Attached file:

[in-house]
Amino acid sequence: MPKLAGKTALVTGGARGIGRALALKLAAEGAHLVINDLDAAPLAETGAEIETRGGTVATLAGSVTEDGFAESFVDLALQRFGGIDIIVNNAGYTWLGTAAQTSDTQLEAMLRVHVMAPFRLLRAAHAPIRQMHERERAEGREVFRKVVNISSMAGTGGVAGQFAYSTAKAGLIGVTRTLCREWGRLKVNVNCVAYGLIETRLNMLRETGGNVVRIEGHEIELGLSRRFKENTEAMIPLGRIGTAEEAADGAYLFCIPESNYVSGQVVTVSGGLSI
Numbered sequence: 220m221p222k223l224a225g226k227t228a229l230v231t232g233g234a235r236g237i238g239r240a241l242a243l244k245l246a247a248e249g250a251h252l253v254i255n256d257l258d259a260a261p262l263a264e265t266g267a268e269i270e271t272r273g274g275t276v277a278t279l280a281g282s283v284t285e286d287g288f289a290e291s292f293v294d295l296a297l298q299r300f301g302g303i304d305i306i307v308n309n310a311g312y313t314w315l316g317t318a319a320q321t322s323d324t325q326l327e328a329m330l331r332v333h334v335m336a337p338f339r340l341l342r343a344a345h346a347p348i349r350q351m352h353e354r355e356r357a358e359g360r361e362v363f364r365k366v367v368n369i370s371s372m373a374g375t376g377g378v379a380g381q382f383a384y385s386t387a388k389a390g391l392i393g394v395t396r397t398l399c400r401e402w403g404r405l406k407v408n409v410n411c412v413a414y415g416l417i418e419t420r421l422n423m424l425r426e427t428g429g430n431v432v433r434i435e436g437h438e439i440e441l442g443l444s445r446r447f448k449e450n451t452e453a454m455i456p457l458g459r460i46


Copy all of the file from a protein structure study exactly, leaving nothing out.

[in-house]
Amino acid sequence: MPKLAGKTALVTGGARGIGRALALKLAAEGAHLVINDLDAAPLAETGAEIETRGGTVATLAGSVTEDGFAESFVDLALQRFGGIDIIVNNAGYTWLGTAAQTSDTQLEAMLRVHVMAPFRLLRAAHAPIRQMHERERAEGREVFRKVVNISSMAGTGGVAGQFAYSTAKAGLIGVTRTLCREWGRLKVNVNCVAYGLIETRLNMLRETGGNVVRIEGHEIELGLSRRFKENTEAMIPLGRIGTAEEAADGAYLFCIPESNYVSGQVVTVSGGLSI
Numbered sequence: 220m221p222k223l224a225g226k227t228a229l230v231t232g233g234a235r236g237i238g239r240a241l242a243l244k245l246a247a248e249g250a251h252l253v254i255n256d257l258d259a260a261p262l263a264e265t266g267a268e269i270e271t272r273g274g275t276v277a278t279l280a281g282s283v284t285e286d287g288f289a290e291s292f293v294d295l296a297l298q299r300f301g302g303i304d305i306i307v308n309n310a311g312y313t314w315l316g317t318a319a320q321t322s323d324t325q326l327e328a329m330l331r332v333h334v335m336a337p338f339r340l341l342r343a344a345h346a347p348i349r350q351m352h353e354r355e356r357a358e359g360r361e362v363f364r365k366v367v368n369i370s371s372m373a374g375t376g377g378v379a380g381q382f383a384y385s386t387a388k389a390g391l392i393g394v395t396r397t398l399c400r401e402w403g404r405l406k407v408n409v410n411c412v413a414y415g416l417i418e419t420r421l422n423m424l425r426e427t428g429g430n431v432v433r434i435e436g437h438e439i440e441l442g443l444s445r446r447f448k449e450n451t452e453a454m455i456p457l458g459r460i46